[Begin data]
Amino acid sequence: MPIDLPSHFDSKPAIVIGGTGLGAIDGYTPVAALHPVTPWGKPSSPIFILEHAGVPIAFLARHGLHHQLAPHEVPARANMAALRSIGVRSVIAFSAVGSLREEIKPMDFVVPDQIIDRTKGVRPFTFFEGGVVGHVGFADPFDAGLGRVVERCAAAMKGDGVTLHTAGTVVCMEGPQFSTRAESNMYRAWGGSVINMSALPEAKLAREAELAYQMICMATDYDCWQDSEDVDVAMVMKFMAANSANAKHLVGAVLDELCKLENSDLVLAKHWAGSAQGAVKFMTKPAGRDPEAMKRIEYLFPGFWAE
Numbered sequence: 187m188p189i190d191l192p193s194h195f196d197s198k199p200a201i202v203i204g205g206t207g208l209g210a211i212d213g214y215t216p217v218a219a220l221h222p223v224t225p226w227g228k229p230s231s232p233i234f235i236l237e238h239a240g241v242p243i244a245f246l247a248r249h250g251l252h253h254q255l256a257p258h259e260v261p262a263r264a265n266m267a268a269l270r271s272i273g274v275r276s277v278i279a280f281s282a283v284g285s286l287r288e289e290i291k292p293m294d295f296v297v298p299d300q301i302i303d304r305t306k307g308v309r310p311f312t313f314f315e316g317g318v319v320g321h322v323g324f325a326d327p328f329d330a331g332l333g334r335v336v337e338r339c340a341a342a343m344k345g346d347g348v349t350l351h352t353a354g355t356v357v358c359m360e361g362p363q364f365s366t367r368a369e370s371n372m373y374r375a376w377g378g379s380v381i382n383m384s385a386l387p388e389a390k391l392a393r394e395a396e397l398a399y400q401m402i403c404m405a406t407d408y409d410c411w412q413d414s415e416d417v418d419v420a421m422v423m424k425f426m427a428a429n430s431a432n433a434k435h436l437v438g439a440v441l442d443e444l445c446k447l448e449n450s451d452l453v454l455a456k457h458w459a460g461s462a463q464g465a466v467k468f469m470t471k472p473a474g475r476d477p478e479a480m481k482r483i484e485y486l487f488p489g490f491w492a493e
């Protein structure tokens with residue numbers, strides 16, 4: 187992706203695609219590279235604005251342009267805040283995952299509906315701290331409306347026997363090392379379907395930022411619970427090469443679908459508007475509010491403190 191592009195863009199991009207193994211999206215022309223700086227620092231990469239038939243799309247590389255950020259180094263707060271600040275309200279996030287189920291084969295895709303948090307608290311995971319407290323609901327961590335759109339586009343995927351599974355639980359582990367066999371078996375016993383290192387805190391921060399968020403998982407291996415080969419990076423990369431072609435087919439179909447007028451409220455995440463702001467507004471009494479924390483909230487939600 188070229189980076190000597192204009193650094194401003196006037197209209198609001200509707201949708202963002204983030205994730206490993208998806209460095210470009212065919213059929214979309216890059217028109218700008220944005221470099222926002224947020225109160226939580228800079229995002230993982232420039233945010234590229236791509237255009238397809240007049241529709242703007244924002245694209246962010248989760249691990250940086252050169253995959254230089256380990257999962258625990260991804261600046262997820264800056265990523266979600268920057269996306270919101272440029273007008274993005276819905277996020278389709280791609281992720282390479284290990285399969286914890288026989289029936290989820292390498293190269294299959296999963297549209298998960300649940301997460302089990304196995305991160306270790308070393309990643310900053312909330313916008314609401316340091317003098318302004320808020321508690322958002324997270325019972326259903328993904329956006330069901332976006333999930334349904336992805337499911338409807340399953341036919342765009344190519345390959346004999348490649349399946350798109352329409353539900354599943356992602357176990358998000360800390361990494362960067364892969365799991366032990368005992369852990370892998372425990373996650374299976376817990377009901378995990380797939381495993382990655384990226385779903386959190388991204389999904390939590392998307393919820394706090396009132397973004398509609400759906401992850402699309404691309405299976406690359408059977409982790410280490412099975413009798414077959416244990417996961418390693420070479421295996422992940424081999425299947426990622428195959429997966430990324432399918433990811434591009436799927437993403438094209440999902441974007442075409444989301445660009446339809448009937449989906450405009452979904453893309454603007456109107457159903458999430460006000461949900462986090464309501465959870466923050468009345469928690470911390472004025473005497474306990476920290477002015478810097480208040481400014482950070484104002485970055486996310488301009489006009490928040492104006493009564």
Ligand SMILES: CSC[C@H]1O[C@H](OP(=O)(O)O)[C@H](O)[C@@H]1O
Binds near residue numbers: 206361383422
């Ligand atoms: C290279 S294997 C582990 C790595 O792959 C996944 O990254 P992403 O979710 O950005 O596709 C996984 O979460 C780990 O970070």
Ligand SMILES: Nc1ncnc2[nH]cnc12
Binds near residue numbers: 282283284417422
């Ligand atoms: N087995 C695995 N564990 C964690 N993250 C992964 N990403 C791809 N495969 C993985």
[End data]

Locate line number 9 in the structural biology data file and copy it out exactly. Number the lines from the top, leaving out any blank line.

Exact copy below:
């Ligand atoms: N087995 C695995 N564990 C964690 N993250 C992964 N990403 C791809 N495969 C993985």